First, the good news, via the U.N. News Center:
Ebola cases no longer rising in Guinea, Liberia, UN health agency reports
The United Nations World Health Organization (WHO) reported today that the number of Ebola cases is “no longer increasing nationally in Guinea and Liberia, but is still increasing in Sierra Leone”, and that preparedness teams have been sent this week to Benin, Burkina Faso, Gambia and Senegal.
Earlier today, UN Regional Humanitarian Coordinator for the Sahel, Robert Piper, had appealed for funding for Ebola preparedness in the swath of Africa consisting of Burkina Faso, Cameroon, Chad, Gambia, Mali, Mauritania, Niger, Nigeria and Senegal making up one of the poorest regions in the world.
WHO, in its most recent update, said the evolving Ebola outbreak “highlights the considerable risk of cases being imported into unaffected countries.”
“With adequate levels of preparation, however, such introductions of the disease can be contained before they develop into large outbreaks,” it said.
Next, the latest official numbers released today for all countries by the World Health Organization:
More optimism from the Associated Press:
CDC chief drops worst-case Ebola estimate
he government’s worst-case scenario forecast for the Ebola epidemic in West Africa won’t happen, a U.S. health official said Wednesday.
In September, the Centers for Disease Control and Prevention estimated the number of people sickened by the Ebola virus could explode to as many as 1.4 million by mid-January without more help.
Things have changed. On Wednesday, CDC Director Dr. Tom Frieden said, “We don’t think the projections from over the summer will come to pass.”
Frieden did not provide new estimates.
And still more optimistic numeration from VOA News:
World Bank Sees $3B-$4B Ebola Impact in Africa
A World Bank official says the Ebola epidemic will not be as costly to West Africa’s economy as previously feared, thanks to effective containment efforts.
Francisco Ferreira, the bank’s chief economist for Africa, told an audience in Johannesburg Wednesday that he expects the epidemic’s economic toll on the region will range from $3 to $4 billion.
The World Bank in October had predicted the economic impact could be as high as $32 billion if the virus spread significantly outside the borders of Guinea, Liberia and Sierra Leone, the three countries hardest hit by the outbreak.
And the accompanying video report from VOA News:
Ebola Economic Toll Stirs W. Africa Food Security Concerns
The World Bank said Wednesday that it expects the economic impact of the Ebola outbreak on the sub-Saharan economy to cost somewhere betweenf $3 billion to $4 billion – well below a previously-outlined worst-case scenario of $32 billion. Some economists, however, paint a gloomier picture – warning that the disruption to regional markets and trading is considerable. Henry Ridgwell reports from London.
From StarAfrica, a vow of solidarity from the regional economic organization:
ECOWAS restates solidarity with Ebola nations
The President of the ECOWAS Commission, Kadré Désiré Ouédraogo has assured that all institutions of the sub-regional organization are fully behind the affected countries battling the Ebola epidemic. “ECOWAS will do its best to help address the current Ebola crisis,” Ouédraogo promised.
“Let me pay a special tribute to you Madam President for your country’s courageous fight against the further spread of the Ebola virus disease.
ECOWAS stands ready to collaborate with your government, the UN System and all partners for an effective and efficient response to the Ebola outbreak,” the ECOWAS Commission President said.
The medium and the message, via Al Jazeera English:
UN Ebola effort faces ‘information challenge’
Top Ebola official says trouble figuring out new infection cases in West Africa makes controlling outbreak difficult.
Authorities are having trouble figuring out how many more people are getting Ebola in Liberia and Sierra Leone and where the hotspots are in those countries, according to the UN’s top Ebola official in West Africa.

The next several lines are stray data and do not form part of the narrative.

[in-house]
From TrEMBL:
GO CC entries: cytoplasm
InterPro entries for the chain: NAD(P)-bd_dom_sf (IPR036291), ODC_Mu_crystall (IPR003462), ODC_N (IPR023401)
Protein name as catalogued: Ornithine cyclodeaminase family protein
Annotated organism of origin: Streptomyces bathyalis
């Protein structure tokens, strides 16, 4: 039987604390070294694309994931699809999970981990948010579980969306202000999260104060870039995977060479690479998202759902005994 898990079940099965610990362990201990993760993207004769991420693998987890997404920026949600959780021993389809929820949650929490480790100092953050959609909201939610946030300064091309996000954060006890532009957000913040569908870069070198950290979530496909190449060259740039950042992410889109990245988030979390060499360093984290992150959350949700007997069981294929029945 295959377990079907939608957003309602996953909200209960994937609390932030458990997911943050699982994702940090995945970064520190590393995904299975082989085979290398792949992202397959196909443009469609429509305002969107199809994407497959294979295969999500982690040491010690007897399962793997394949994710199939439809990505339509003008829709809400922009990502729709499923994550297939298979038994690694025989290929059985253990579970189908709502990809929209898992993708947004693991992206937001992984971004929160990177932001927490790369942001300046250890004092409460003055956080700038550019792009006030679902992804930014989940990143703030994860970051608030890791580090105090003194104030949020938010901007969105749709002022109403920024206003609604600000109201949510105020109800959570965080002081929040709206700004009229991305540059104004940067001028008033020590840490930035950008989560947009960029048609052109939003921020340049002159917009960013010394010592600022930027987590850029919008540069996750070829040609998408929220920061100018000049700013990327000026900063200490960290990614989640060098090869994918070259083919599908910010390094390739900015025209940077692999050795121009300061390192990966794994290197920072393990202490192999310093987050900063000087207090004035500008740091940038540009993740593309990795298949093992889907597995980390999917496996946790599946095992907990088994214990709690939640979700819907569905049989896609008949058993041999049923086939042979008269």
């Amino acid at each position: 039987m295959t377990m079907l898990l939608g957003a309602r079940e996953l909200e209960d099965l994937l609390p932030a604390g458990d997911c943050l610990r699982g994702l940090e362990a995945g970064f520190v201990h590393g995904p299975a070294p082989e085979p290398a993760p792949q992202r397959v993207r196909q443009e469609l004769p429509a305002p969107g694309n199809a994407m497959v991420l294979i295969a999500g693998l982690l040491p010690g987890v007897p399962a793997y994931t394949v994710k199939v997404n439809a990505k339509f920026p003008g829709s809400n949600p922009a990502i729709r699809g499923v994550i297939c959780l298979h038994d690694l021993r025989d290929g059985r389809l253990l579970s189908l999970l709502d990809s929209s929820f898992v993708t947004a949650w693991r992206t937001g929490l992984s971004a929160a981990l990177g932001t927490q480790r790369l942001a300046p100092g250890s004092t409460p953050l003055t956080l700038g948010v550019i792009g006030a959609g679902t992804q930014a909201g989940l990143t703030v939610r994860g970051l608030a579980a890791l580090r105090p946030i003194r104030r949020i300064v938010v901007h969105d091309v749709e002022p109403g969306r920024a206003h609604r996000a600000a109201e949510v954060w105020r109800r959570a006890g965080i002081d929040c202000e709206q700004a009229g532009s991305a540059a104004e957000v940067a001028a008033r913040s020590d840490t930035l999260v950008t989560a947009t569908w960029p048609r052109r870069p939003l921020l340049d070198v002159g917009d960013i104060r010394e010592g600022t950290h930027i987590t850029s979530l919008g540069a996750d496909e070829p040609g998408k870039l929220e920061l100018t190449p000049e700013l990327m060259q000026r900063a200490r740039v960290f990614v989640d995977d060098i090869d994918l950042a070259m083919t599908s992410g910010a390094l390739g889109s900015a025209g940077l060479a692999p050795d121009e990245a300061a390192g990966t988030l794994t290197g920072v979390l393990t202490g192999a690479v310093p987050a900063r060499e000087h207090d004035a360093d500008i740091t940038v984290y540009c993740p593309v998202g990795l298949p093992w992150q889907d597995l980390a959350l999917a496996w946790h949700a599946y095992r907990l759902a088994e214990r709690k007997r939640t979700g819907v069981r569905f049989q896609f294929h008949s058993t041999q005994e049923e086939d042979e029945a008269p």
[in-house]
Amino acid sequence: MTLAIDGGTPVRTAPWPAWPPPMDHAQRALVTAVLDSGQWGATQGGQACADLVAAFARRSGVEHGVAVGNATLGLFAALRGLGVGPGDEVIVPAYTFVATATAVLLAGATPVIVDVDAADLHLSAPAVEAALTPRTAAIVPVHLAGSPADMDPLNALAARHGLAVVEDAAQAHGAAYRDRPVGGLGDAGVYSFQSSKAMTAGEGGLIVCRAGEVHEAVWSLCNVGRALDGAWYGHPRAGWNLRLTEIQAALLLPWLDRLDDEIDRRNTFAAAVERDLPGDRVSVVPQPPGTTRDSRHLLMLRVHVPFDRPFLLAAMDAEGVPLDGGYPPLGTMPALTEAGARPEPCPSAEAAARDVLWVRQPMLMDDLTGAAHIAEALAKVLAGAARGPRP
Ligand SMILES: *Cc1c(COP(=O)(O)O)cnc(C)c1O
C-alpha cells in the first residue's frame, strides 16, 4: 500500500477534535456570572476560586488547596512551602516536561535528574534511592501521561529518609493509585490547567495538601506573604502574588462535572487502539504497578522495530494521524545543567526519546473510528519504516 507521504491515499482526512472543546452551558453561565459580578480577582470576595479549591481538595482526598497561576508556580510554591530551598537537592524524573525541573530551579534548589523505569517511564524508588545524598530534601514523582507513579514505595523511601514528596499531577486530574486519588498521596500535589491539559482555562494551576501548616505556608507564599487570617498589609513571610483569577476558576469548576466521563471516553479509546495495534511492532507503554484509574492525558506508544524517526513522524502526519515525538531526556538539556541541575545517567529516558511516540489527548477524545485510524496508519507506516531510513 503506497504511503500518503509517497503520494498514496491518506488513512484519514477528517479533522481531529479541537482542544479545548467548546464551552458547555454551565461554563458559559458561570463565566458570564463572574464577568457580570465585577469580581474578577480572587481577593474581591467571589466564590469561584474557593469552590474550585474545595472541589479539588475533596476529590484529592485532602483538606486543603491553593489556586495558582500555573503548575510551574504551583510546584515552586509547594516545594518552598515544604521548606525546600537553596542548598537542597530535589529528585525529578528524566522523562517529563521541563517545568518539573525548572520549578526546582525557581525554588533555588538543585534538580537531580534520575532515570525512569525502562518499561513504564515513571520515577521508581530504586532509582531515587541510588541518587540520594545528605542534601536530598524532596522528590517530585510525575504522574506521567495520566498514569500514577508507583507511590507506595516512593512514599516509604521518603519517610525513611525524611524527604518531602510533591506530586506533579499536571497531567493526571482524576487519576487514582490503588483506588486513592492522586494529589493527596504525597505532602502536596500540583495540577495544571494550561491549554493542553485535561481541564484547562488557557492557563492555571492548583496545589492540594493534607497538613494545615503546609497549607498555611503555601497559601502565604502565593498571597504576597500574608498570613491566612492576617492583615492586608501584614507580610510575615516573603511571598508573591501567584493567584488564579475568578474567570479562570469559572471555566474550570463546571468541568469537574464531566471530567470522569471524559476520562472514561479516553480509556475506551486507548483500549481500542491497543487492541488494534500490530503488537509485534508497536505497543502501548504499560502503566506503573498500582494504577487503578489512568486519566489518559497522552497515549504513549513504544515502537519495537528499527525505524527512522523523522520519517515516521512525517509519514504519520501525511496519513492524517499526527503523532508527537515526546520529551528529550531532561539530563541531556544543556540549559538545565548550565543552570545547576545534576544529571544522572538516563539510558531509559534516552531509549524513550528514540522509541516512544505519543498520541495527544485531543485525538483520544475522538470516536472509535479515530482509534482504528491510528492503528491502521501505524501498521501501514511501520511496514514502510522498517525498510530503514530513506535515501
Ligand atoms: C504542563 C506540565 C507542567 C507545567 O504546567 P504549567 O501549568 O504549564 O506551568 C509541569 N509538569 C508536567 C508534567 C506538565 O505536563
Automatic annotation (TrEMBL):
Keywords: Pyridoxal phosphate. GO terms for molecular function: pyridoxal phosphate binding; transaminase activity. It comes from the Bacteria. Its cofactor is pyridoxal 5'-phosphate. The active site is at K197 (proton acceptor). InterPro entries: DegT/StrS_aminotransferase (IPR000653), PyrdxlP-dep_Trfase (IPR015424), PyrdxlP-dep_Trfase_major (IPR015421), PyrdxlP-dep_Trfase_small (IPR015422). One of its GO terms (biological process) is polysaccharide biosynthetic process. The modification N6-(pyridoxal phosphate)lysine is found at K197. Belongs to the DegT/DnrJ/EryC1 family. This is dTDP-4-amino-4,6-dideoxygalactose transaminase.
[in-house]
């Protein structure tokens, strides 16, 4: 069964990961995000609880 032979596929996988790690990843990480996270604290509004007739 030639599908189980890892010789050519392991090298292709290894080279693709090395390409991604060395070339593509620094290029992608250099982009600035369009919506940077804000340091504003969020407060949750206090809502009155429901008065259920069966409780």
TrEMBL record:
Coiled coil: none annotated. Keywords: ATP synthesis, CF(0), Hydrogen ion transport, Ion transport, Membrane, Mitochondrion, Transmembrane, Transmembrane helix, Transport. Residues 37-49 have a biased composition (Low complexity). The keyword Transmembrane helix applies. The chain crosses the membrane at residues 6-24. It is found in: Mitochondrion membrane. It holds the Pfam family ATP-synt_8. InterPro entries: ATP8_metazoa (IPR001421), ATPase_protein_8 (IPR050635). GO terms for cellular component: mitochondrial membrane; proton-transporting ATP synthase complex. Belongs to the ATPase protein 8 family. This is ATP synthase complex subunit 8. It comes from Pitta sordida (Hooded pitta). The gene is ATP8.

This is harming efforts to get control of the outbreak, Anthony Banbury said on Tuesday.
Over the past week, the US said, Banbury met the presidents of Guinea, Sierra Leone and Liberia, where Ebola has infected at least 10,000 people and killed roughly half of them, as he focuses on adapting an operational framework for international anti-Ebola efforts.
“The challenge is good information, because information helps tell us where the disease is, how it’s spreading and where we need to target our resources,” Banbury told the Associated Press by phone from the Ghanaian capital of Accra, where the UN Mission for Ebola Emergency Response, or UNMEER, is based.
From Punch Nigeria, a call for screening at the border:
Ebola: NMA wants W’ African travellers tested
The Nigeria Medical Association has urged the government to ensure that passengers coming into the country from West African countries are properly checked during Christmas period to prevent fresh outbreak of the Ebola Virus Disease in the country.
Chairman of the NMA in Osun State, Dr. Suraj Ogunyemi, gave the advice on Wednesday in Osogbo, the Osun State capital, at a press conference to usher in the 2014 Physicians’ Week.
Ogunyemi lauded the Federal Government, states and others who rose up in the battle against Ebola virus when it was brought into Nigeria by the late Liberian-American, Patrick Sawyer.
He said, “We must realise that the threat of importation of the EVD into the country is very much abundant. EVD could be imported from travellers from Liberia, Sierra Leone or Guinea to Nigeria, especially through Nigerians who work there and would return by road during Christmas.
“It can also be reintroduced by traders who travel across the nations of West Africa. So, government must ensure that our borders, seaports and airports are manned by health officials with adequate devices to check those coming into the country.”
On to the latest country to be stricken with the Associated Press:
Amid Ebola cases, Mali braces borders and beyond
On Mali’s dusty border with Ebola-stricken Guinea, travelers have a new stop: Inside a white tent, masked medical workers zap incomers with infrared thermometer guns and instruct them to wash their hands in chlorinated water.
After five recent Ebola deaths, Mali has become a front line in the fight against the virus, especially in the border town of Kouremale which two of those victims passed through last month. Malian authorities, with help from the U.N. and aid groups, this week deployed medical teams at the border to try to stop the disease’s spread.
“You are Mali’s portal. Don’t be the weak link in the fight against Ebola. Mali must not become a land of propagation for Ebola in the world,” President Ibrahim Boubacar Keita urged medical staffers and border guards during a visit as the deployment began. “We are counting on you to meet this challenge.”
Next, the bad news from Sierra Leone from Deutsche Welle:
Sierra Leone hit hardest in latest WHO Ebola numbers